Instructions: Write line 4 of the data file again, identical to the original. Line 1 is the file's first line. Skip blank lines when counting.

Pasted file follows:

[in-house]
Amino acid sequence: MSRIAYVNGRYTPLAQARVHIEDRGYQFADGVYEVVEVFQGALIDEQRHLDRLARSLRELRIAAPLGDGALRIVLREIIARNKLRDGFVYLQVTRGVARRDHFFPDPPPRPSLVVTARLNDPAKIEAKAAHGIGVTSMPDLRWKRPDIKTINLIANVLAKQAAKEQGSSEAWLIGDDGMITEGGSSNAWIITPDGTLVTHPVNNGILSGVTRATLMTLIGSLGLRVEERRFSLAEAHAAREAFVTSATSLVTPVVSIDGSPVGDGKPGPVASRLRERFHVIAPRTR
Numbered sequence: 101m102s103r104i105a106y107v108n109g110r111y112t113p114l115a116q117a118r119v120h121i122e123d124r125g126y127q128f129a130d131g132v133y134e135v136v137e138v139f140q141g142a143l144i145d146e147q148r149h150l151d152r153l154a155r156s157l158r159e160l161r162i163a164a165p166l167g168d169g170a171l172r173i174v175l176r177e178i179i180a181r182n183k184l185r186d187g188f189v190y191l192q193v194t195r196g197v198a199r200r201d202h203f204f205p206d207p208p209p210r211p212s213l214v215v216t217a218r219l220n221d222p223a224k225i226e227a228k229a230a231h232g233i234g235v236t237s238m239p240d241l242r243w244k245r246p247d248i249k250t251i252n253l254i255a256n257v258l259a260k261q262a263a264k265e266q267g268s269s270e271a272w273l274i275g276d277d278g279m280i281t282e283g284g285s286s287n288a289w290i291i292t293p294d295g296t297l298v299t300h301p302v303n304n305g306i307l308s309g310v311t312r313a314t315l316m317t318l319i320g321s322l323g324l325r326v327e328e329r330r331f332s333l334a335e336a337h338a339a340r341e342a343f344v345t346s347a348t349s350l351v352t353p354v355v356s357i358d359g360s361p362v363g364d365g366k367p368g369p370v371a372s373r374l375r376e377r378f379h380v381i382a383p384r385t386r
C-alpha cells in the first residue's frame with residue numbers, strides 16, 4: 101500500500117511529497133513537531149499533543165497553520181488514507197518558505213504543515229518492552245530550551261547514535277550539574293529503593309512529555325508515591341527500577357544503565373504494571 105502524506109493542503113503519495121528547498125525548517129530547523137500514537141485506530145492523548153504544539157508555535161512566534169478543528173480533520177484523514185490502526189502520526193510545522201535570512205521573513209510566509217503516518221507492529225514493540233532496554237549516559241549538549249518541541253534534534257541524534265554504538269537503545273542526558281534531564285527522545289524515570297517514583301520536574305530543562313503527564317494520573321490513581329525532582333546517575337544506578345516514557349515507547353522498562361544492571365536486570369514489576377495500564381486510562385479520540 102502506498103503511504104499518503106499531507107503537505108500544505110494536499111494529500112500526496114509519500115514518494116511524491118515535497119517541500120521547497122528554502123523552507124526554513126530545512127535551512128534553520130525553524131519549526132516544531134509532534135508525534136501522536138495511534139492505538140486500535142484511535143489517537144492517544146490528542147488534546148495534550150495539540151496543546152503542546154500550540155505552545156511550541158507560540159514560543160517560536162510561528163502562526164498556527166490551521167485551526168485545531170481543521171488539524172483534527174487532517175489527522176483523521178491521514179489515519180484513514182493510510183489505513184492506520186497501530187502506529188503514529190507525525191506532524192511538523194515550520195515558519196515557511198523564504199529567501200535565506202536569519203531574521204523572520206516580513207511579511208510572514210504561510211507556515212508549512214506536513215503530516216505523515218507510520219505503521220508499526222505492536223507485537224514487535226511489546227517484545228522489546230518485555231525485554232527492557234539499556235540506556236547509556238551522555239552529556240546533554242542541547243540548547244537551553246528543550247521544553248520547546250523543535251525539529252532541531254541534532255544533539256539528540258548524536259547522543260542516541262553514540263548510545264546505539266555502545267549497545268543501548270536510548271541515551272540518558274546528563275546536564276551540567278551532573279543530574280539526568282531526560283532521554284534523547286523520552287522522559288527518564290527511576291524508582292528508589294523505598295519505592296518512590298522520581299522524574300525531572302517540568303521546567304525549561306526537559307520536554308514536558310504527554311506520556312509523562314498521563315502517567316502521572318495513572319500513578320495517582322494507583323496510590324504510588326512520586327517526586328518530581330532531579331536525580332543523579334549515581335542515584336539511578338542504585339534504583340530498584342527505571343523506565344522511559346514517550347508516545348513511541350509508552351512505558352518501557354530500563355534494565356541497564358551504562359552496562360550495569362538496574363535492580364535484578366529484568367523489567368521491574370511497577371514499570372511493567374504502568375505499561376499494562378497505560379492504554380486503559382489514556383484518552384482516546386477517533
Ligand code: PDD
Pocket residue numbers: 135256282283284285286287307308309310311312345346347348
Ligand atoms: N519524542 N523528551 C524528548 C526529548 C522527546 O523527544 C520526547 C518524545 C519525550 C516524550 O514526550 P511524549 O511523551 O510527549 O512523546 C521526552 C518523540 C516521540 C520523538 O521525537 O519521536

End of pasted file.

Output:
C-alpha cells in the first residue's frame with residue numbers, strides 16, 4: 101500500500117511529497133513537531149499533543165497553520181488514507197518558505213504543515229518492552245530550551261547514535277550539574293529503593309512529555325508515591341527500577357544503565373504494571 105502524506109493542503113503519495121528547498125525548517129530547523137500514537141485506530145492523548153504544539157508555535161512566534169478543528173480533520177484523514185490502526189502520526193510545522201535570512205521573513209510566509217503516518221507492529225514493540233532496554237549516559241549538549249518541541253534534534257541524534265554504538269537503545273542526558281534531564285527522545289524515570297517514583301520536574305530543562313503527564317494520573321490513581329525532582333546517575337544506578345516514557349515507547353522498562361544492571365536486570369514489576377495500564381486510562385479520540 102502506498103503511504104499518503106499531507107503537505108500544505110494536499111494529500112500526496114509519500115514518494116511524491118515535497119517541500120521547497122528554502123523552507124526554513126530545512127535551512128534553520130525553524131519549526132516544531134509532534135508525534136501522536138495511534139492505538140486500535142484511535143489517537144492517544146490528542147488534546148495534550150495539540151496543546152503542546154500550540155505552545156511550541158507560540159514560543160517560536162510561528163502562526164498556527166490551521167485551526168485545531170481543521171488539524172483534527174487532517175489527522176483523521178491521514179489515519180484513514182493510510183489505513184492506520186497501530187502506529188503514529190507525525191506532524192511538523194515550520195515558519196515557511198523564504199529567501200535565506202536569519203531574521204523572520206516580513207511579511208510572514210504561510211507556515212508549512214506536513215503530516216505523515218507510520219505503521220508499526222505492536223507485537224514487535226511489546227517484545228522489546230518485555231525485554232527492557234539499556235540506556236547509556238551522555239552529556240546533554242542541547243540548547244537551553246528543550247521544553248520547546250523543535251525539529252532541531254541534532255544533539256539528540258548524536259547522543260542516541262553514540263548510545264546505539266555502545267549497545268543501548270536510548271541515551272540518558274546528563275546536564276551540567278551532573279543530574280539526568282531526560283532521554284534523547286523520552287522522559288527518564290527511576291524508582292528508589294523505598295519505592296518512590298522520581299522524574300525531572302517540568303521546567304525549561306526537559307520536554308514536558310504527554311506520556312509523562314498521563315502517567316502521572318495513572319500513578320495517582322494507583323496510590324504510588326512520586327517526586328518530581330532531579331536525580332543523579334549515581335542515584336539511578338542504585339534504583340530498584342527505571343523506565344522511559346514517550347508516545348513511541350509508552351512505558352518501557354530500563355534494565356541497564358551504562359552496562360550495569362538496574363535492580364535484578366529484568367523489567368521491574370511497577371514499570372511493567374504502568375505499561376499494562378497505560379492504554380486503559382489514556383484518552384482516546386477517533